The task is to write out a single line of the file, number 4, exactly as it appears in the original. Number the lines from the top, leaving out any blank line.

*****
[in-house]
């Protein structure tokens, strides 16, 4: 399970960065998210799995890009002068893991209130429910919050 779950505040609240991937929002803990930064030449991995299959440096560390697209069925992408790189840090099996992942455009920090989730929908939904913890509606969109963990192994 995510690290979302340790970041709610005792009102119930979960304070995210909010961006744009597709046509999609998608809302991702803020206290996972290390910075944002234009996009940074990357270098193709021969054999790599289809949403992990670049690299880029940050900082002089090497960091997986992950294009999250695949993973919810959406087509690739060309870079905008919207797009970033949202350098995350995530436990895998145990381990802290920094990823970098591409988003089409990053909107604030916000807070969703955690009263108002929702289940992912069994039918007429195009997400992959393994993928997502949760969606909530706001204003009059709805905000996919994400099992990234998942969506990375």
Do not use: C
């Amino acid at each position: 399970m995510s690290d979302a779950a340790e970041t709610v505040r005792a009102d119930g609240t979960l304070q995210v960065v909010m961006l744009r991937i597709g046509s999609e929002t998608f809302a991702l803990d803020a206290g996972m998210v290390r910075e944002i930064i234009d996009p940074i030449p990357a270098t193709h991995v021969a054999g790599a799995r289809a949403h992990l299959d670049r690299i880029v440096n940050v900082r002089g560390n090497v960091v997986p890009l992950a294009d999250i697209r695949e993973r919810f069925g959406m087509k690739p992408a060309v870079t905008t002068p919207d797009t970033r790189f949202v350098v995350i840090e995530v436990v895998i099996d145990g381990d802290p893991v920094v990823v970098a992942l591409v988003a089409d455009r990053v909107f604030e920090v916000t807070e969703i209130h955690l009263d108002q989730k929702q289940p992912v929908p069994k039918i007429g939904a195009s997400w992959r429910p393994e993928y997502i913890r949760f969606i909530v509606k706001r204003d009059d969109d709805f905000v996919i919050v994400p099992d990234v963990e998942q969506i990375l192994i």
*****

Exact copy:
């Amino acid at each position: 399970m995510s690290d979302a779950a340790e970041t709610v505040r005792a009102d119930g609240t979960l304070q995210v960065v909010m961006l744009r991937i597709g046509s999609e929002t998608f809302a991702l803990d803020a206290g996972m998210v290390r910075e944002i930064i234009d996009p940074i030449p990357a270098t193709h991995v021969a054999g790599a799995r289809a949403h992990l299959d670049r690299i880029v440096n940050v900082r002089g560390n090497v960091v997986p890009l992950a294009d999250i697209r695949e993973r919810f069925g959406m087509k690739p992408a060309v870079t905008t002068p919207d797009t970033r790189f949202v350098v995350i840090e995530v436990v895998i099996d145990g381990d802290p893991v920094v990823v970098a992942l591409v988003a089409d455009r990053v909107f604030e920090v916000t807070e969703i209130h955690l009263d108002q989730k929702q289940p992912v929908p069994k039918i007429g939904a195009s997400w992959r429910p393994e993928y997502i913890r949760f969606i909530v509606k706001r204003d009059d969109d709805f905000v996919i919050v994400p099992d990234v963990e998942q969506i990375l192994i």